Outlander actor to receive honorary degree
30 May 2019, 13:09
Outlander star Sam Heughan is to receive an honorary doctorate from the University of Glasgow in recognition of his artistic success and charitable work.
Alice Thompson, co-founder of social enterprise cafe chain Social Bite, and TV presenter Fiona Armstrong, Lady MacGregor, who is Lord
Lieutenant of Dumfries, are also among those being honoured in a ceremony on July 3 at the university's Dumfries campus.
Honorary doctorates will also be awarded to Sir Peter Lampl, chairman of the Sutton Trust; David Mayer de Rothschild, a British adventurer,
ecologist, environmentalist and head of the charity Sculpt the Future Foundation; and Andrew Walls, convener of the Crichton Foundation.
The university said the work of those being honoured reflects the core interests of its School of Interdisciplinary Studies at Dumfries.
Head of the school Professor Carol Hill said: "This campus has grown in influence and impact since it was opened 20 years ago in September 1999 to serve the higher education needs of Dumfries and Galloway.
"In this our 20th anniversary year of celebrations, we at Dumfries are delighted to recognise and celebrate the achievements of our
honorary graduates, representing a range of talents, careers and charitable interests."
Heughan started life in the Dumfries and Galloway village of Balmaclellan before moving to nearby New Galloway.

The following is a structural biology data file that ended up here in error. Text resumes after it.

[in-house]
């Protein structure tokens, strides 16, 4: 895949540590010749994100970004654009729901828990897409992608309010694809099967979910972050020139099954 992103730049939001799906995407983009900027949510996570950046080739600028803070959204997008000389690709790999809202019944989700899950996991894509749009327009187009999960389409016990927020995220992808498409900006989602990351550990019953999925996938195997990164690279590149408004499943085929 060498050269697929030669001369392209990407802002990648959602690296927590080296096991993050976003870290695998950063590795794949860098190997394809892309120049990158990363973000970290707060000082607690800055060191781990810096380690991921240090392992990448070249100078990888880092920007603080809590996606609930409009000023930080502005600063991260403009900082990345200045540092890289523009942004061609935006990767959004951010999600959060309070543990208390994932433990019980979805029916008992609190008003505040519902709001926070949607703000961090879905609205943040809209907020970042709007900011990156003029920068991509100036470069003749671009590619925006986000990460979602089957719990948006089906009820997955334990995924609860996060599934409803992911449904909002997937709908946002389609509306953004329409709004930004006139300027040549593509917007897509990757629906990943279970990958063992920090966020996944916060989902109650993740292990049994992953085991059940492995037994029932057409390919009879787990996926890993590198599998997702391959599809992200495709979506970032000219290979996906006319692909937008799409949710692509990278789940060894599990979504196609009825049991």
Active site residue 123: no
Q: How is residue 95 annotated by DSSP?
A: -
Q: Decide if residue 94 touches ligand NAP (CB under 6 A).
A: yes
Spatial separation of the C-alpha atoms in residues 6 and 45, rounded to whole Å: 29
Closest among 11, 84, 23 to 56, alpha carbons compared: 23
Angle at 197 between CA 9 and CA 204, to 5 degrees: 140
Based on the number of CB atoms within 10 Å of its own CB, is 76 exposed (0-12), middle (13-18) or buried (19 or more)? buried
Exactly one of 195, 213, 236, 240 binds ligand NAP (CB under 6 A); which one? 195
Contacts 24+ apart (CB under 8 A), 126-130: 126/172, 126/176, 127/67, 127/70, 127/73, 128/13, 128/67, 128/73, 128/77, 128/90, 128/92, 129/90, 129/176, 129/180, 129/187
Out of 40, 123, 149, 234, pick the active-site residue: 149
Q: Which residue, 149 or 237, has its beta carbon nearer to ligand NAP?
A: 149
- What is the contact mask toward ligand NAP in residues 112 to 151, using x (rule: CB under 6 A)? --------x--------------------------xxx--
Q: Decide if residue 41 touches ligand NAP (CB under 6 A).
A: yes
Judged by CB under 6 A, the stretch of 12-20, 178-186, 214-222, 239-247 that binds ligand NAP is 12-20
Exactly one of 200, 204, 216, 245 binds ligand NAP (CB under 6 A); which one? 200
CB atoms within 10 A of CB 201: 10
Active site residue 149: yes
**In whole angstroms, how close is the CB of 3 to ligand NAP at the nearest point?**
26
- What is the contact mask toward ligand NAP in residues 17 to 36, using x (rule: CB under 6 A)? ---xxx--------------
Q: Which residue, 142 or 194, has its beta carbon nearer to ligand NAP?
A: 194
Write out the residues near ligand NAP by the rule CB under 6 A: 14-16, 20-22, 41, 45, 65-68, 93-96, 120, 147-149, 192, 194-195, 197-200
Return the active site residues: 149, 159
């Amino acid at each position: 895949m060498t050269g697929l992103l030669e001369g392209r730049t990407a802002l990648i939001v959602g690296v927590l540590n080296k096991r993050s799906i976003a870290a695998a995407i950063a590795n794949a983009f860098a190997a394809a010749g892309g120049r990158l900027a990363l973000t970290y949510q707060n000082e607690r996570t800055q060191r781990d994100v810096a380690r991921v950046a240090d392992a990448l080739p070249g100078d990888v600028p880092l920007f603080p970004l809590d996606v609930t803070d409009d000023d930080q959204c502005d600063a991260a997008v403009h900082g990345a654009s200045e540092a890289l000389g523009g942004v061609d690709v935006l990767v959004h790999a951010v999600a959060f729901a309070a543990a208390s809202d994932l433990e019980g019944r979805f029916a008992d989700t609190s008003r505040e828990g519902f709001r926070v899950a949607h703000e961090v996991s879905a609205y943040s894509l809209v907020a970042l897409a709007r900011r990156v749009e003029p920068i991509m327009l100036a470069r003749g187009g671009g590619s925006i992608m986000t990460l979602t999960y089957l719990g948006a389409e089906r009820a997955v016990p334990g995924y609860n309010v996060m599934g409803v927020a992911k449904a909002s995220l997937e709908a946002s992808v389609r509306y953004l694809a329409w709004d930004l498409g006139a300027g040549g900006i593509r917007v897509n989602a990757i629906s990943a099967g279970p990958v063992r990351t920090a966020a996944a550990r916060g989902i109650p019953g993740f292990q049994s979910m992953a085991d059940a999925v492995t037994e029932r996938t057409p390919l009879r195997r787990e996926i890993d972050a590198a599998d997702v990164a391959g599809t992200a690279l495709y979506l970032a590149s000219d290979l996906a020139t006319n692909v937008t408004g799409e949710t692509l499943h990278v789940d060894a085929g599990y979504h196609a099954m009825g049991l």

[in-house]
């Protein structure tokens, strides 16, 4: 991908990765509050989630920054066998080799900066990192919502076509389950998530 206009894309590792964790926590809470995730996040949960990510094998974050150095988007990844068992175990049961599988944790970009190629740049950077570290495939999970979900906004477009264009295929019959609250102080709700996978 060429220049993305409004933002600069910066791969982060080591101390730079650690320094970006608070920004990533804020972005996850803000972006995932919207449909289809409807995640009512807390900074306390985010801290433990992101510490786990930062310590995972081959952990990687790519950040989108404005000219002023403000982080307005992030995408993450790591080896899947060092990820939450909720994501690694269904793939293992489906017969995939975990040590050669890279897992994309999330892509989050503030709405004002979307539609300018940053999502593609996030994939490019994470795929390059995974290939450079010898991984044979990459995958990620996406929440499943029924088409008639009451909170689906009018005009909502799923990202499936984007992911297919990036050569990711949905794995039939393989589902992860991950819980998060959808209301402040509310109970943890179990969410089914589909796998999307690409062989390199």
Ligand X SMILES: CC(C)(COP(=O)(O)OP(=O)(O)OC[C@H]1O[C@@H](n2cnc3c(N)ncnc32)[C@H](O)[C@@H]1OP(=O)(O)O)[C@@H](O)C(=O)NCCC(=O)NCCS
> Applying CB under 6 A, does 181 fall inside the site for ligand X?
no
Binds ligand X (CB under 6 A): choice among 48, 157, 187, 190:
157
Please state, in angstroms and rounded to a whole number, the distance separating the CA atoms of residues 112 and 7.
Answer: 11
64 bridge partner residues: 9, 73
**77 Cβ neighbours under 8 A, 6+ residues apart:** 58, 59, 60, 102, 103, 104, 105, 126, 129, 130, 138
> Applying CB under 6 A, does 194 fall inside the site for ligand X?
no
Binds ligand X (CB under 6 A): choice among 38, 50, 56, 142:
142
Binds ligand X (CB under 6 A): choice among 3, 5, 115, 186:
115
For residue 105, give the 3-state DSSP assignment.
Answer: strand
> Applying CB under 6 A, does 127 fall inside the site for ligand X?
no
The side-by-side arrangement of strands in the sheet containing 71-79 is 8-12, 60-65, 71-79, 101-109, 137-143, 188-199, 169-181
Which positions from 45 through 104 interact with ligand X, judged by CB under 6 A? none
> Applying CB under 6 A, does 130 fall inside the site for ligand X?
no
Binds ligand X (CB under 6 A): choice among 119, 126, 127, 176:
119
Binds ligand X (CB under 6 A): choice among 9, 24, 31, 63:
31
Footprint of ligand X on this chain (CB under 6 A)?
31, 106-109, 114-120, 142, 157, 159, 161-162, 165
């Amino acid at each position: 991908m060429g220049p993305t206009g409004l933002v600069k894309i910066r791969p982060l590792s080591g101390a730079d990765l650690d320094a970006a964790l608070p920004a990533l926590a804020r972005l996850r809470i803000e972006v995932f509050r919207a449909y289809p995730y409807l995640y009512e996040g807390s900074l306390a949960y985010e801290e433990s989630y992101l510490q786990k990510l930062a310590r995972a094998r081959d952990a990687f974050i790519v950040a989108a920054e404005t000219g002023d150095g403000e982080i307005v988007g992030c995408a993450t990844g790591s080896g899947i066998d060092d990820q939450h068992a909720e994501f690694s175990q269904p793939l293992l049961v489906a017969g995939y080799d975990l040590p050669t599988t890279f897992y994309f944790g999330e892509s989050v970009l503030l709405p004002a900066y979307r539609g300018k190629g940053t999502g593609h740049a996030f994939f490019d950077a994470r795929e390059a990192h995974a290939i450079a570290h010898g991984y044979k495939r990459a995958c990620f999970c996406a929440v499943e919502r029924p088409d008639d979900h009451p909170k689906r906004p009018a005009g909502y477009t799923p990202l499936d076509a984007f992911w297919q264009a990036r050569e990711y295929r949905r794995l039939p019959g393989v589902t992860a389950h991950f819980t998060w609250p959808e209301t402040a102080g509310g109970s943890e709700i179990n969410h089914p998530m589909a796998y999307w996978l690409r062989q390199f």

He moved to Edinburgh at the age of 12 and graduated from the Royal Scottish Academy of Music and Drama - now the Royal Conservatoire of Scotland - in 2003.
Best known for his role as Jamie Fraser in the TV drama Outlander, he has also done a lot of work for charity.
In 2015 he established his charitable foundation My Peak Challenge, a training, nutrition and support programme which provides participants with a sense of community as they work towards personal goals while raising money for charity.
The actor is also president of Scotland Bloodwise, which raises funds for research to tackle blood cancer.
Last year he ran both the Stirling and Edinburgh marathons to raise money for Cahonas Scotland's Testicular Cancer Education and
Social Bite, co-founded by Ms Thompson and Josh Littlejohn, started as a sandwich shop in Edinburgh in August 2012 and has grown to five
cafes and a restaurant across Scotland.
A quarter of its staff are homeless and the charity has received visits from Hollywood stars Leonardo DiCaprio and George Clooney.